Marie is bad. The interesting question is what makes her bad. She is recently released from prison. She was incarcerated for incredibly bad judgment. She fell for a criminal who fancied himself Clyde. Her version is revealing of what makes her both charming and bad:
My boyfriend robbed a bank. A small one. In the suburbs. Juan Jose. He was only twenty-two years old. He was this perfect boy. Like a painting. I wasn’t much older, twenty-four. I didn’t know he was going to rob a bank. I knew almost nothing about him, really. I had met him in a bar, the week before. He showed up in the middle of the night at my door. Scared. Bleeding. I didn’t even think about it. He needed me. We went to Mexico. Later, after the police found us, I went to jail. I didn’t regret it. I don’t.
The other thing that makes Marie charming is her love for Cailtin, the girl she nannies as her first job out of prison. Caitlin is the daughter of Ellen, Marie’s childhood acquaintance. Ellen is from a privileged background, Marie is not. Ellen’s mother felt sorry for Marie, so she took every opportunity to invite Marie over to the house and to foster a friendship between Ellen and Marie. The girls are not, it turns out, a good match. Ellen has her mother’s sense of nobless oblige, however, so Ellen gives Marie her first post-prison position.
As the quote above demonstrates, Marie often does not carefully deliberate over a decision and its consequences before acting. To counterbalance this impetuousness, she rarely feels remorse. (“Marie did not believe in regret.”) The quality is one of her more endearing traits.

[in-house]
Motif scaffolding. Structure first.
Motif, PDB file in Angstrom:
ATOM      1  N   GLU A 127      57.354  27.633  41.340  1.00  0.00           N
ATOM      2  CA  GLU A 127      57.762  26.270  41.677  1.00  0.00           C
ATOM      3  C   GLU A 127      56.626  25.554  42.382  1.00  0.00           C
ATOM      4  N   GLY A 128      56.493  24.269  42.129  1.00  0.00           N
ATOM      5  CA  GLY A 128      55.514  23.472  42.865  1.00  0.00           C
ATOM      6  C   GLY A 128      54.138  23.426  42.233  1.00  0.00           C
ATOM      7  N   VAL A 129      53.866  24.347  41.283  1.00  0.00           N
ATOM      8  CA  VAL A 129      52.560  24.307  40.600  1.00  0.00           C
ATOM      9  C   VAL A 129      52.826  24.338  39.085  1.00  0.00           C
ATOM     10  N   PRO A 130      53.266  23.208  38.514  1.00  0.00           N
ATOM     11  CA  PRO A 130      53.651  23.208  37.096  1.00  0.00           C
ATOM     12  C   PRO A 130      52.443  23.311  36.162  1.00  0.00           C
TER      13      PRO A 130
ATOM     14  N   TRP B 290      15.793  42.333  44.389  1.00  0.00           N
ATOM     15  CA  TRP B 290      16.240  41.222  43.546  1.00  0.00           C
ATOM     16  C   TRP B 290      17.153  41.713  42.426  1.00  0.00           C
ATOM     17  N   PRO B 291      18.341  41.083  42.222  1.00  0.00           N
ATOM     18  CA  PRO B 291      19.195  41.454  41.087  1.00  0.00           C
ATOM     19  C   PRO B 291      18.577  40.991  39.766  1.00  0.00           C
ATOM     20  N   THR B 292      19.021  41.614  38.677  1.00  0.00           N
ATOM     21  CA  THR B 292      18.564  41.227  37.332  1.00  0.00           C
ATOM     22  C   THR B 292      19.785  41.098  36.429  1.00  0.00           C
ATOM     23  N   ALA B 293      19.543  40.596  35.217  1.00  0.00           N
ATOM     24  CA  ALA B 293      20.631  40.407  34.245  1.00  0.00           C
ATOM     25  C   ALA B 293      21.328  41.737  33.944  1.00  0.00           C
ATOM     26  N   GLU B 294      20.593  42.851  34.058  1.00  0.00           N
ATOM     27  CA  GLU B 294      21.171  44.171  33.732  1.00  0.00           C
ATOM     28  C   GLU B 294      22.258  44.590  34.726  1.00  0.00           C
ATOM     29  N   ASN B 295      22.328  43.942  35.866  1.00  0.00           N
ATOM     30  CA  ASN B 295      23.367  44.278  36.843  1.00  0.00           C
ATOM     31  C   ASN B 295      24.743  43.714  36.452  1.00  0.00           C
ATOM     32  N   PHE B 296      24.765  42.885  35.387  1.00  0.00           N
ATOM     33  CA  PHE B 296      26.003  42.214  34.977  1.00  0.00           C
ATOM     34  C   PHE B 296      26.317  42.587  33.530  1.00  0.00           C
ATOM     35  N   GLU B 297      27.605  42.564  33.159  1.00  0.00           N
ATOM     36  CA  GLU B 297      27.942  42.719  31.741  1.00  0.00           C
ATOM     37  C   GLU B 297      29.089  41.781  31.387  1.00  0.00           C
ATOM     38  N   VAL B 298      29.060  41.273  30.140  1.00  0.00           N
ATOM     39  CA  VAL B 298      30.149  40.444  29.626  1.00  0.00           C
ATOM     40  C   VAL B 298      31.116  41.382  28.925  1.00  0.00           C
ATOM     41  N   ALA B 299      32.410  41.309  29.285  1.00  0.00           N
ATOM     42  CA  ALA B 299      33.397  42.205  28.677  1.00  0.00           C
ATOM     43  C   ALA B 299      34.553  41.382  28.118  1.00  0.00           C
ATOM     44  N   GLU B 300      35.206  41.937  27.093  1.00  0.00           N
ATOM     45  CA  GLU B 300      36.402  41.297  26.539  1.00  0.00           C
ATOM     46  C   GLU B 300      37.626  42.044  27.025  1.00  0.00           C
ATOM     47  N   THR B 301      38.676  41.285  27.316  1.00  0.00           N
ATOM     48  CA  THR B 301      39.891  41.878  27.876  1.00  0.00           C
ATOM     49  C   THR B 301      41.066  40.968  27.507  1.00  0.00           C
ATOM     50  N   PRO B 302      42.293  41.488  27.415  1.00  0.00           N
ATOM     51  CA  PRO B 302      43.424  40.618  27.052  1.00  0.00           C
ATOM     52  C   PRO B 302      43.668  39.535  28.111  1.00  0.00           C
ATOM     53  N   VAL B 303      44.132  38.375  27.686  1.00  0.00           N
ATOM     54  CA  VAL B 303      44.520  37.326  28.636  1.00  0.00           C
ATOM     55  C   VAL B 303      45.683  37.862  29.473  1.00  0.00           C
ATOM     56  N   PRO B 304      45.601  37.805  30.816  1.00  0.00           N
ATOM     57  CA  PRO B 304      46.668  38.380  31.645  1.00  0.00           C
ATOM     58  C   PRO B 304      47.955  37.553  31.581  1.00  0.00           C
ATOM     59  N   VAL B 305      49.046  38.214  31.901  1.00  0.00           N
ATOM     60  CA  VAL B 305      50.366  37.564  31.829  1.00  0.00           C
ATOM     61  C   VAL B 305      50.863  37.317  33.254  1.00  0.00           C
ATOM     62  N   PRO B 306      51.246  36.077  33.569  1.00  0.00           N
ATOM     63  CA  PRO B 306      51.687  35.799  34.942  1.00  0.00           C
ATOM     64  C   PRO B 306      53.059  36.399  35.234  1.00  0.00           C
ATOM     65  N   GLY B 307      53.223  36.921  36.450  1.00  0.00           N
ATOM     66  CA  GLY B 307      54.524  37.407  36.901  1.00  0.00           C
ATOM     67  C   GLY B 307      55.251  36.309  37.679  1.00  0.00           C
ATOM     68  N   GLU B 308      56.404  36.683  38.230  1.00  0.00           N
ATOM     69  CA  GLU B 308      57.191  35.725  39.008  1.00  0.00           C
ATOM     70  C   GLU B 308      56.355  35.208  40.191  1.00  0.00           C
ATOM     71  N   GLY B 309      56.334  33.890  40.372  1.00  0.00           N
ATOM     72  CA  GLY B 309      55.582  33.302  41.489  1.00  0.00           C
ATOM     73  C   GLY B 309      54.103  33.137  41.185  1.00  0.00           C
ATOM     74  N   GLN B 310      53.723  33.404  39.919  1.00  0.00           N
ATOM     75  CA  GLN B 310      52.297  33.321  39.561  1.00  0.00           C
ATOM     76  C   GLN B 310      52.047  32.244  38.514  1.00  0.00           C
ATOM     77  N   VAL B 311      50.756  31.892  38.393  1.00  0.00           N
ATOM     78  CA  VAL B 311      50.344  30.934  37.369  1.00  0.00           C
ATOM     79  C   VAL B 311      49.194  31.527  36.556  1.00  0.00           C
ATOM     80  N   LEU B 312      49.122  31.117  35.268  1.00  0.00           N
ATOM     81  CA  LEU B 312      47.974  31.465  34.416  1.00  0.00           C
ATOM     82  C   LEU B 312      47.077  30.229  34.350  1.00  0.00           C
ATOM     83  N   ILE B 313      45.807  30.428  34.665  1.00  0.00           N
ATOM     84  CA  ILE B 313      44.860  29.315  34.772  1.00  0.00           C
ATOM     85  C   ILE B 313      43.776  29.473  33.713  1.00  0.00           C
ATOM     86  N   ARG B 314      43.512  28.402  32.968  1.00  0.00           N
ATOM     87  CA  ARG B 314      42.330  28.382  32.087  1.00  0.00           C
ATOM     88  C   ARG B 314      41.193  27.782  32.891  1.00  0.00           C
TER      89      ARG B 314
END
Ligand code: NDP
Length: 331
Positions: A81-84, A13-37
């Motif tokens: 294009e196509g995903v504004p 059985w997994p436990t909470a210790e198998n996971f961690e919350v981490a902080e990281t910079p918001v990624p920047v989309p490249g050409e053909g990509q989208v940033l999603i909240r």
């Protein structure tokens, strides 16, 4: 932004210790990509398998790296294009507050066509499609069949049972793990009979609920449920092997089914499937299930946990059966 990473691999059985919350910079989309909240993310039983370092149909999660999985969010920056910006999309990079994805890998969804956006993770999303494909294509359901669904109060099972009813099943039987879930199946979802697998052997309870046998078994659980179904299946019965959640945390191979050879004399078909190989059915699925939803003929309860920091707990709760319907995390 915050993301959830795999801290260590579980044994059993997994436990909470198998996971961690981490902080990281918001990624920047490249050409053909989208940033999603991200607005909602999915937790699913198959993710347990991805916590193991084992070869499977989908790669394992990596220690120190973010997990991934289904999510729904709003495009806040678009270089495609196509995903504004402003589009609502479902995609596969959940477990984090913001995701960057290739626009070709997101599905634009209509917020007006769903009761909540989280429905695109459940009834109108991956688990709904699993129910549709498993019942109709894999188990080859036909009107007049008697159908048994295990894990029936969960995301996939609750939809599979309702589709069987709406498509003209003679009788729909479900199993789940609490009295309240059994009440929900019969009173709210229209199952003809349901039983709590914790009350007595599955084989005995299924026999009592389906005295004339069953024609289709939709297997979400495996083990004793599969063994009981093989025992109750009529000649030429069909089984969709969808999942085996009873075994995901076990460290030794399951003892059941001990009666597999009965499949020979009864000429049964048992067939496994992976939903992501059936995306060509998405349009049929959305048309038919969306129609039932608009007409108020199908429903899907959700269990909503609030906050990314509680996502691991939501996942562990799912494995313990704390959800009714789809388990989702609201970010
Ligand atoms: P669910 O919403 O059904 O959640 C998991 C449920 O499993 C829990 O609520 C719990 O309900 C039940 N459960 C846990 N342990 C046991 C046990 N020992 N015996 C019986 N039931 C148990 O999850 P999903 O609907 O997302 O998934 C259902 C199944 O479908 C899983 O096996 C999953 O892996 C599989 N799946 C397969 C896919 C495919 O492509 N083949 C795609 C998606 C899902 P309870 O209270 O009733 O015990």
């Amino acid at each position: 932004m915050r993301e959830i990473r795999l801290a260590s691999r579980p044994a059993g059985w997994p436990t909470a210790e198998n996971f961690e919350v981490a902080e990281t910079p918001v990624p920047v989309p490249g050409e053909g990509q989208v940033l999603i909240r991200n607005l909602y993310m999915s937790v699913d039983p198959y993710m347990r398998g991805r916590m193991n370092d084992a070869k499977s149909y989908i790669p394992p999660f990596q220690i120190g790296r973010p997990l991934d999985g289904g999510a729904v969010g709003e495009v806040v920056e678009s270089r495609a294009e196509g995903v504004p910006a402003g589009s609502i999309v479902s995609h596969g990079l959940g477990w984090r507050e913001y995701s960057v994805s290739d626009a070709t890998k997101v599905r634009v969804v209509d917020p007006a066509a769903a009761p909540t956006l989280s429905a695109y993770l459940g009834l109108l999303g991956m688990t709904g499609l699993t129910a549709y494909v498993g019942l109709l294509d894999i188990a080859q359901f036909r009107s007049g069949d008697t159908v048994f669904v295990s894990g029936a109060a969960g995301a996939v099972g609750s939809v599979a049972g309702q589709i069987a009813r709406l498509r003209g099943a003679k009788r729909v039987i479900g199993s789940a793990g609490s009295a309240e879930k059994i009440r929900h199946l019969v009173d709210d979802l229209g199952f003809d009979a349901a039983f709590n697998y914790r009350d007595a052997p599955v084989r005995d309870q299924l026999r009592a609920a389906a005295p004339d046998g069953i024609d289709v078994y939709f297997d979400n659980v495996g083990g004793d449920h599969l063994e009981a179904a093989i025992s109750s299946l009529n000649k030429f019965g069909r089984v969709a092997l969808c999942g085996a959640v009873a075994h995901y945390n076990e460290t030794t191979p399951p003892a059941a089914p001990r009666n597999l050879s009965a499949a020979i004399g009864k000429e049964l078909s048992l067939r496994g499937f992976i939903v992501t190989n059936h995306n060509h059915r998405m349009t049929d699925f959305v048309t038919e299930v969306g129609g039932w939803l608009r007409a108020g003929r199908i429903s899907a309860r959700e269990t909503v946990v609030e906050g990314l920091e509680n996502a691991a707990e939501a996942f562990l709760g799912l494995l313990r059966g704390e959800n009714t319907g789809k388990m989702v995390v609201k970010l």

Ellen should have known better. In high school, Marie slept with Ellen’s boyfriend. The criminal escapade, while not indicative of maliciousness, should make a person pause to place their child’s well-being in the hands of Marie. Marie is aware of all this and, thus, feels no guilt in giving Ellen her comeuppance when things predictably turn sour between them.
The movie-critic author describes Bad Marie as her attempt to write a French movie. I think that is probably as accurate a description of the feel of the novel as any. The book could easily be converted into a movie. Imagery is extremely important to the novel and its success. The thread of the story is populated by a number of elegant visual pearls. Despite the absence of lovable characters (excepting Caitlin), despite Marie being bad, she matters. Her decisions, as poor as they are, have import.
This novel is not unlike Brooklyn in that the central character is frustrating. Marie is a bit more actively bad than Toibin’s Eilis, but neither make good decisions. Marie is almost the antithesis of Eilis. Where Eilis is passive, Marie is active. Where Eilis allows others to manipulate her, Marie more often manipulates those around her. At least, she acts. She fills with her presence the novel, her surroundings, New York, Paris.
The meat of the novel is the character study of Marie. Dermansky seems to get her right. Her decisions, destined to break hearts and ruin lives in surprising ways, flow naturally from her attributes and flaws. Marie is a liberating alter ego for those who want to fly to foreign lands on a moment’s notice. There is a freshness to entering the mind of someone with so little regard for consequences, so little self-awareness, so much engagement with the moment. And, yet, everything about her feels tragic. A person cannot successfully live as Marie lives.
Because she cannot seem to learn from the past or project into the future, Marie is able to deny that a disastrous decision can only lead to bad things. It is this, rather than a malicious nature, that makes Marie bad. She assumes that life is more chaotic than it actually is, that the near future is as unpredictable as next year’s weather. Societal rules are made for the Maries of the world. They need rules and they need to follow them, because they are so incredibly bad at making decisions on their own. Marie’s simple spontaneity is a poor way to live, but a fine way to carry a novel.
Bad Marie has to be a long shot to win the Tournament of Books, but the odds are good it will please its readers. I would not be surprised to see it upset one of the books with more reputation and less verve.